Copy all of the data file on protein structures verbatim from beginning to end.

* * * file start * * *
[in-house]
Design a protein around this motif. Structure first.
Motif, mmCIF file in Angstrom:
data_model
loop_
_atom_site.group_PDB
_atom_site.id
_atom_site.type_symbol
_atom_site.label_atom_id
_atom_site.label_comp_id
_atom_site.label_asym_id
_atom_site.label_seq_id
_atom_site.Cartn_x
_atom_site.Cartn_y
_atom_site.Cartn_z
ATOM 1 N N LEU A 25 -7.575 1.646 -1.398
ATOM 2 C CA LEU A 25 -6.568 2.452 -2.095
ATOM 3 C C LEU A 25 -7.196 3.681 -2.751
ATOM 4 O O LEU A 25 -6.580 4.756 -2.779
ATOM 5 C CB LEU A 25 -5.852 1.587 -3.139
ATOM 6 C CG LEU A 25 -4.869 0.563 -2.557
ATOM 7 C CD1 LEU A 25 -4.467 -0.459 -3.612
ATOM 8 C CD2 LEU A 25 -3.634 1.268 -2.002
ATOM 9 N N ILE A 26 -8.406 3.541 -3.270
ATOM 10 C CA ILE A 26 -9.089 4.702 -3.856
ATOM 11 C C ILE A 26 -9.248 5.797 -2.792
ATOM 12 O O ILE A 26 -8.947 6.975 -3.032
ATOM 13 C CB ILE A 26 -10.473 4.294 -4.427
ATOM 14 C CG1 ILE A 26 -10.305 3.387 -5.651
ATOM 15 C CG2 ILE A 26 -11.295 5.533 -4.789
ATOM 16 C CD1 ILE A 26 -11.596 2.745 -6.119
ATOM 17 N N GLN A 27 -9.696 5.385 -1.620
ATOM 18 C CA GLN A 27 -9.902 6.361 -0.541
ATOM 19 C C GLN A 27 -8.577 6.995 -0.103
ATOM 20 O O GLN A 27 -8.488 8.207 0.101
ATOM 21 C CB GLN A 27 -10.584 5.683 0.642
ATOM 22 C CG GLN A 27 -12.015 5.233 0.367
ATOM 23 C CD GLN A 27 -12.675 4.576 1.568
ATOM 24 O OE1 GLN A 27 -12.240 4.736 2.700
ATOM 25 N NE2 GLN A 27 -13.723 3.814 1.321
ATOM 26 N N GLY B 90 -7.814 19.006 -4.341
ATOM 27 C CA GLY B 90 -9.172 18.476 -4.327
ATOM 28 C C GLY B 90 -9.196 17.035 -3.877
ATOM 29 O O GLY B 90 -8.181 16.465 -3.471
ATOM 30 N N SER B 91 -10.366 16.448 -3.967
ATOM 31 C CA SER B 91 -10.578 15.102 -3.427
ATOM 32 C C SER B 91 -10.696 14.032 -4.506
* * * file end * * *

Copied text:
[in-house]
Design a protein around this motif. Structure first.
Motif, mmCIF file in Angstrom:
data_model
loop_
_atom_site.group_PDB
_atom_site.id
_atom_site.type_symbol
_atom_site.label_atom_id
_atom_site.label_comp_id
_atom_site.label_asym_id
_atom_site.label_seq_id
_atom_site.Cartn_x
_atom_site.Cartn_y
_atom_site.Cartn_z
ATOM 1 N N LEU A 25 -7.575 1.646 -1.398
ATOM 2 C CA LEU A 25 -6.568 2.452 -2.095
ATOM 3 C C LEU A 25 -7.196 3.681 -2.751
ATOM 4 O O LEU A 25 -6.580 4.756 -2.779
ATOM 5 C CB LEU A 25 -5.852 1.587 -3.139
ATOM 6 C CG LEU A 25 -4.869 0.563 -2.557
ATOM 7 C CD1 LEU A 25 -4.467 -0.459 -3.612
ATOM 8 C CD2 LEU A 25 -3.634 1.268 -2.002
ATOM 9 N N ILE A 26 -8.406 3.541 -3.270
ATOM 10 C CA ILE A 26 -9.089 4.702 -3.856
ATOM 11 C C ILE A 26 -9.248 5.797 -2.792
ATOM 12 O O ILE A 26 -8.947 6.975 -3.032
ATOM 13 C CB ILE A 26 -10.473 4.294 -4.427
ATOM 14 C CG1 ILE A 26 -10.305 3.387 -5.651
ATOM 15 C CG2 ILE A 26 -11.295 5.533 -4.789
ATOM 16 C CD1 ILE A 26 -11.596 2.745 -6.119
ATOM 17 N N GLN A 27 -9.696 5.385 -1.620
ATOM 18 C CA GLN A 27 -9.902 6.361 -0.541
ATOM 19 C C GLN A 27 -8.577 6.995 -0.103
ATOM 20 O O GLN A 27 -8.488 8.207 0.101
ATOM 21 C CB GLN A 27 -10.584 5.683 0.642
ATOM 22 C CG GLN A 27 -12.015 5.233 0.367
ATOM 23 C CD GLN A 27 -12.675 4.576 1.568
ATOM 24 O OE1 GLN A 27 -12.240 4.736 2.700
ATOM 25 N NE2 GLN A 27 -13.723 3.814 1.321
ATOM 26 N N GLY B 90 -7.814 19.006 -4.341
ATOM 27 C CA GLY B 90 -9.172 18.476 -4.327
ATOM 28 C C GLY B 90 -9.196 17.035 -3.877
ATOM 29 O O GLY B 90 -8.181 16.465 -3.471
ATOM 30 N N SER B 91 -10.366 16.448 -3.967
ATOM 31 C CA SER B 91 -10.578 15.102 -3.427
ATOM 32 C C SER B 91 -10.696 14.032 -4.506